You certainly know a lot of things, but how to care for a terrarium may not be one of them. Don’t worry, though, it’s not too hard – terrariums and jarrariums are self sustaining ecosystems. That whole self sustaining bit means their care should be easy.
At the same time, I claim to be self sustaining and my fiancee still has to care for me – your ecosystem is going to need similar attention and compassion. But don’t fret, with the correct care plan, your self sustaining ecosystem will flourish. On the other hand, if your jarrarium or terrarium care is sub-par, then you could be dealing with a real eyesore. Follow these steps to be sure that that doesn’t happen to you.
Are you sure that what you have is a jarrarium? See how it stacks up to our parameters here.
In short, a jarrarium is a micro-aquarium where instead of pet store fish you’ve got flora and fauna from your local pond. The best part about it is that you can make one for next to nothing out of a few household materials. Another perceived benefit of jarrariums is that they’re a fully self sustaining ecosystem. They are not, and without proper care your jarrarium’s ecosystem will perish.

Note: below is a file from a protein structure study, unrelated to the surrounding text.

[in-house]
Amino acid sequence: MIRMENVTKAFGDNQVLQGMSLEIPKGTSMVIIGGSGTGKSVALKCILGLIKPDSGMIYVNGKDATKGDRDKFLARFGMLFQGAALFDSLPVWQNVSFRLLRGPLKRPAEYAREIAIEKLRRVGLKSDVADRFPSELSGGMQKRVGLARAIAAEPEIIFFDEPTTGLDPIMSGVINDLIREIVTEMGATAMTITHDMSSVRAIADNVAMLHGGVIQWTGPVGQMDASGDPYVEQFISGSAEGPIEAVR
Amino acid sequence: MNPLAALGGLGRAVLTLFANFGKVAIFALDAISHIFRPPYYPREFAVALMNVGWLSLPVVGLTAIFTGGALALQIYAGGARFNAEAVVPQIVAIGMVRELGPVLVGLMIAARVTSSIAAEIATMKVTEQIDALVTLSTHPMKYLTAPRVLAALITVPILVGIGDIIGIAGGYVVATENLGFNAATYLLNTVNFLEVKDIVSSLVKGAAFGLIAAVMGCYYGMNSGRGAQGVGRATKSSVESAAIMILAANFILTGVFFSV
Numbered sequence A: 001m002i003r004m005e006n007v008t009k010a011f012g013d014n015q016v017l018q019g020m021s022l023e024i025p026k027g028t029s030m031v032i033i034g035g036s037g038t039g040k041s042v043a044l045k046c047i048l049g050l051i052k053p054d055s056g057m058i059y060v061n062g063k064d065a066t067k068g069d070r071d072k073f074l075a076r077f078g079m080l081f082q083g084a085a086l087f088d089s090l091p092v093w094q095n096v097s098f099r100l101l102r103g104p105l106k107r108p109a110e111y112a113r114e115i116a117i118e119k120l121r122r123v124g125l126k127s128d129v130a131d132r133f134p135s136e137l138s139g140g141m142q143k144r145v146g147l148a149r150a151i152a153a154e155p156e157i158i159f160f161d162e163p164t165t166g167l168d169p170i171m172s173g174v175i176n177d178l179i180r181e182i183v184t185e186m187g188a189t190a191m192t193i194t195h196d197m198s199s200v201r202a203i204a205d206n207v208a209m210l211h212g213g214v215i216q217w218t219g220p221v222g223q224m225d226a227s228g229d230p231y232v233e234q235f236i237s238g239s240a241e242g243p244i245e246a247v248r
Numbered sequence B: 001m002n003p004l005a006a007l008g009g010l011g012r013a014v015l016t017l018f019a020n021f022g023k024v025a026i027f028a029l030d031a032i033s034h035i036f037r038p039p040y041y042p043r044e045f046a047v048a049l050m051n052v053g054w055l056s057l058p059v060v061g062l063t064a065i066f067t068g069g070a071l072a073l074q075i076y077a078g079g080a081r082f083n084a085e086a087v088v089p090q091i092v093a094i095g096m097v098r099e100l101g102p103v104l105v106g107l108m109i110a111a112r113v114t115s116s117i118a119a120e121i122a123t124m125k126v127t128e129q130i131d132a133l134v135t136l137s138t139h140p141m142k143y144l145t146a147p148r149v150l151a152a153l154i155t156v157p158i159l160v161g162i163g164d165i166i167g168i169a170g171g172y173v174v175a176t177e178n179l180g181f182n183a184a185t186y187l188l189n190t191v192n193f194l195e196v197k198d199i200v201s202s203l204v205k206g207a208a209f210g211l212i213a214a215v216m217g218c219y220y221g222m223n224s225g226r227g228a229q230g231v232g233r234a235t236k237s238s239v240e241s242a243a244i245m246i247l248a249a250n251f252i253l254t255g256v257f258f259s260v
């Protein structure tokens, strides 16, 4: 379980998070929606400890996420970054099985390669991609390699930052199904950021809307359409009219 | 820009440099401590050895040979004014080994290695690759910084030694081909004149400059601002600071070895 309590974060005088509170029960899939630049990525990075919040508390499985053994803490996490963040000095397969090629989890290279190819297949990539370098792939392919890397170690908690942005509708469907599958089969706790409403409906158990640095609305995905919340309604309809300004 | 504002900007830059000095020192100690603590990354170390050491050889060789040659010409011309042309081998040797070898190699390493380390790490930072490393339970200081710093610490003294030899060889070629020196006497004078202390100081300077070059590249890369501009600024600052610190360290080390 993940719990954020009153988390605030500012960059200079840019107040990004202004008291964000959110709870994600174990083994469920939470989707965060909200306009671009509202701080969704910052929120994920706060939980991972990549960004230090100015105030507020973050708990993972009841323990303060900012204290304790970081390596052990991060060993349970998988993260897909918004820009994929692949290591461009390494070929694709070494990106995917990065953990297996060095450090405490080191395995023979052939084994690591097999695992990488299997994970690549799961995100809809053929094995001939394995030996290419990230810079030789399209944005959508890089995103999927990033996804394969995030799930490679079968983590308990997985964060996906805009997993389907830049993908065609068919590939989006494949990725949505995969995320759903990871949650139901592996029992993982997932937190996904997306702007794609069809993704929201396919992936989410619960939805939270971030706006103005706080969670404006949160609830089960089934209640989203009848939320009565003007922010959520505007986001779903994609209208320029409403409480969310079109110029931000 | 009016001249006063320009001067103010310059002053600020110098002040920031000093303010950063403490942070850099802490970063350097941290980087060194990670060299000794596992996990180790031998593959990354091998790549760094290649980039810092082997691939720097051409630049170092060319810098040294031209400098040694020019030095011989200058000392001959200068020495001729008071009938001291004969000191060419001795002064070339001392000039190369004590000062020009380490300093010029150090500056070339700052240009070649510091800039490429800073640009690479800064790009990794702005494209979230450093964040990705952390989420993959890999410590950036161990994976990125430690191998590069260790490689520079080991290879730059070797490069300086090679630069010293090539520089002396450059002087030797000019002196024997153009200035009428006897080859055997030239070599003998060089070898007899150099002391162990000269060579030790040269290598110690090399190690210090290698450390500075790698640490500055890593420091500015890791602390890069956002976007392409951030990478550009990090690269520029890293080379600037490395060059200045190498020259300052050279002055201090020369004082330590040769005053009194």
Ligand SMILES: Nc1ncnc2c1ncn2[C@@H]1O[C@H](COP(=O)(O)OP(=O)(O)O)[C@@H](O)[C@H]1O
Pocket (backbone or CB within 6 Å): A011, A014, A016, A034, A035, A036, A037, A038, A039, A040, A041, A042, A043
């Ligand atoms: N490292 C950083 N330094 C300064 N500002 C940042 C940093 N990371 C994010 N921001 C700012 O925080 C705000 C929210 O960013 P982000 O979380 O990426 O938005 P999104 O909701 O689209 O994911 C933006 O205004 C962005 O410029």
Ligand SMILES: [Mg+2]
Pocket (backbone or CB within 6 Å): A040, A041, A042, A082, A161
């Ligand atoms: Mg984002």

So, how can you find the perfect balance between benevolent god and mad scientist when caring for your jarrarium? Well, it’s easier than you think.
Change the Water
In the natural world, the water cycle and other processes take care of changing the water within ecosystems. In your self sustaining ecosystem, however, Mother Nature isn’t there to pick up after you – the honus of cycling water is yours. You should consider this fact when buying or creating your jarrarium – with the correct forethought, a built from scratch customizable option will alleviate the struggles associated with changing the water.
It should be noted that the more animals you include in your ecosystem, the more frequently you’ll need to change the water – a conservative estimate is weekly. Conversely, less animals and more plants means less of a necessity to change. Choosing the correct substrate can also have a drastic impact on your need to change your jarrarium’s water.